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China has told US airlines there will be “no room for negotiation” on its demands that the carriers list the island of Taiwan as a Chinese territory on their websites. The mandate’s deadline, which was extended at the request of the all three US legacy carriers, is Wednesday.
The Civil Aviation Administration of China demanded that United, Delta and American Airlines change online references to self-ruled Taiwan to “Taiwan, China.” The three carriers said at the end of June that they were each considering the requests and working with the White House to come to a resolution on the issue.
Beijing also made the request of at least 36 airlines around the world, sending them letters in April pushing them to list Taiwan (along with Hong Kong and Macau) as part of China. Taiwan separated from mainland China in 1949, but Beijing claims the island as its territory.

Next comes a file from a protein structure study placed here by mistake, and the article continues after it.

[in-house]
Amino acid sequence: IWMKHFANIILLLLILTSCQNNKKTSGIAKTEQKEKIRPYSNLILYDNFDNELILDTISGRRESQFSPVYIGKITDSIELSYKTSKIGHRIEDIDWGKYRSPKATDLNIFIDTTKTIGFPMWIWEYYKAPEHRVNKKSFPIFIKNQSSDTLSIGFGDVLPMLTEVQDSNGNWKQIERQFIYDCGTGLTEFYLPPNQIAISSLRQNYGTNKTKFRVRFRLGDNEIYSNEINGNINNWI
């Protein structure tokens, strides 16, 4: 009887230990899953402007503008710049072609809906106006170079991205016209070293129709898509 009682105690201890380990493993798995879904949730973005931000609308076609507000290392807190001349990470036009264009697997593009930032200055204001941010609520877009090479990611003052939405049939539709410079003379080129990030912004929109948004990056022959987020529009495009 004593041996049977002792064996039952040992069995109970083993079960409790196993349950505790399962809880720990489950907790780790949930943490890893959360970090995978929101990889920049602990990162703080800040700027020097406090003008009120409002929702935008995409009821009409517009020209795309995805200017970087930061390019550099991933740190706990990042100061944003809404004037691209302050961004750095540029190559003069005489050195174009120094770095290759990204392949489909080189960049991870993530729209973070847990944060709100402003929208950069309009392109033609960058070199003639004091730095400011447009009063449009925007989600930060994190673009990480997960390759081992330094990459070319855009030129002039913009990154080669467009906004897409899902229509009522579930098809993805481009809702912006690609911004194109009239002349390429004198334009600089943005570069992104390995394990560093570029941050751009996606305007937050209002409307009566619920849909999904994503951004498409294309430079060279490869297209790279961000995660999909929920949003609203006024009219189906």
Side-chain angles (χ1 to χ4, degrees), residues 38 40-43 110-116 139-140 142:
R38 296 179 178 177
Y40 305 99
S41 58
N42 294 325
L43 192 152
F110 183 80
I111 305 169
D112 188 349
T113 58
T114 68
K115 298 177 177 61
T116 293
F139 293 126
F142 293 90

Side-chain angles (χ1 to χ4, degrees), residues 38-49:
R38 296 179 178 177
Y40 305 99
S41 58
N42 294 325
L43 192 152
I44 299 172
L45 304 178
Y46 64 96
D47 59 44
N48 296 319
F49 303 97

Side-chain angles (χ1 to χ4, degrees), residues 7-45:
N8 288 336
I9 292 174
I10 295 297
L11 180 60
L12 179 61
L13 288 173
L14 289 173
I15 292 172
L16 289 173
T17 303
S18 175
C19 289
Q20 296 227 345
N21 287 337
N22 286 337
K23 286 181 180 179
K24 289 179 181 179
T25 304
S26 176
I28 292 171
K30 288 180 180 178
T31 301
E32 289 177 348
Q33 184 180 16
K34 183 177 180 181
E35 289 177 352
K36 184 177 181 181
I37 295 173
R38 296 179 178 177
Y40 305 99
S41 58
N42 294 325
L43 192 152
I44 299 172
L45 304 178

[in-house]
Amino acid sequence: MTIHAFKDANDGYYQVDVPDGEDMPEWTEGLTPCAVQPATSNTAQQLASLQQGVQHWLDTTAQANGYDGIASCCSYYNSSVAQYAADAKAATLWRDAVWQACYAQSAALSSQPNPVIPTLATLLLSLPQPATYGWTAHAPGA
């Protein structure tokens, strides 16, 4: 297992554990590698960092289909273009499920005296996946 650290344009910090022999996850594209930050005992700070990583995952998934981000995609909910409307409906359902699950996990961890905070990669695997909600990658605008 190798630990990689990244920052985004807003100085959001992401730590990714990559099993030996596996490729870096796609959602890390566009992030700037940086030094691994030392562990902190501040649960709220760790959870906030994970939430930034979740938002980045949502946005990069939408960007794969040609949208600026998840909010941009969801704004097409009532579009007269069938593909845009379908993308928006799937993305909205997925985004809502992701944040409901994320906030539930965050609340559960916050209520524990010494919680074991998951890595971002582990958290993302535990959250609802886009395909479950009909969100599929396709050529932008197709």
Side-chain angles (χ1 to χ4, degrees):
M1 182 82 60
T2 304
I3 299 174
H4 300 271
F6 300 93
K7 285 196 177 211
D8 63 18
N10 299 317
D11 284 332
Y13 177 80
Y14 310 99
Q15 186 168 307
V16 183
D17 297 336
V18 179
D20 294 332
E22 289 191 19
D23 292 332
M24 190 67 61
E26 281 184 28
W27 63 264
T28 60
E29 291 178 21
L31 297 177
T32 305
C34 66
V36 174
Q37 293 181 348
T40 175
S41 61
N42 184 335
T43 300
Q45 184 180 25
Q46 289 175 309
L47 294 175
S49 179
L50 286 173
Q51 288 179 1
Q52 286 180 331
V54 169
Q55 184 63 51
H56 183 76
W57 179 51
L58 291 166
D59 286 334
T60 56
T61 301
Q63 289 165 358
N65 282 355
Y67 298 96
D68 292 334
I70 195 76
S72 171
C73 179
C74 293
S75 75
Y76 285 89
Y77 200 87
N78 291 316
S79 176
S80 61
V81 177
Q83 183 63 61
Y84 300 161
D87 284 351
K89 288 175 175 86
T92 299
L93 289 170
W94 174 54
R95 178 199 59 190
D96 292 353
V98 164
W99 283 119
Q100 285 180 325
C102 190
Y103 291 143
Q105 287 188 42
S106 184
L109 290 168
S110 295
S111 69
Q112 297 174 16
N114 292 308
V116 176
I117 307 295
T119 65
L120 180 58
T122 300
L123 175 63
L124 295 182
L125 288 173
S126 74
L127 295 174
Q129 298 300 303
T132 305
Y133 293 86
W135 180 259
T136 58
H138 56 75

Of the airlines that received letters, Air Canada, Lufthansa, British Airways, Finnair, Garuda Indonesia, Asiana Airlines and Philippine Airlines have changed the way they refer to Taiwan to reflect that it’s part of China, according to the Associated Press. SAS, Swiss, Malaysia Airlines, Cebu Pacific Air, Aeroflot, Alitalia, Austrian Airlines, Air Mauritius, Etihad Airways, Iberia, EL AL, MIAT Mongolian Airlines and Russia’s S7 Airlines also show Taiwan as part of China, but it wasn’t clear if they had made the changes after receiving the letter from Beijing.
Two Japanese airlines, ANA and Japan Airlines, skirted the issue by making the changes only to the Chinese versions of their websites. It is unclear if this might also be an option for the US carriers.
The White House has called the demands “Orwellian nonsense.” White House Press Secretary Sarah Sanders said in May the push from Beijing was “part of a growing trend by the Chinese Communist Party to impose its political views on American citizens and private companies.”
The fallout for airlines could be severe. China is a huge aviation market for airlines around the world — and is only growing. China is predicted to displace the US as the largest aviation market by 2022, according to analysis from the International Air Transport Association.
China has not yet specified how it will punish carriers that might buck the request. Previously, Beijing had vaguely threatened legal sanctions and other consequences for their business.
Featured image of Taipei by Han Lin/Getty Images.
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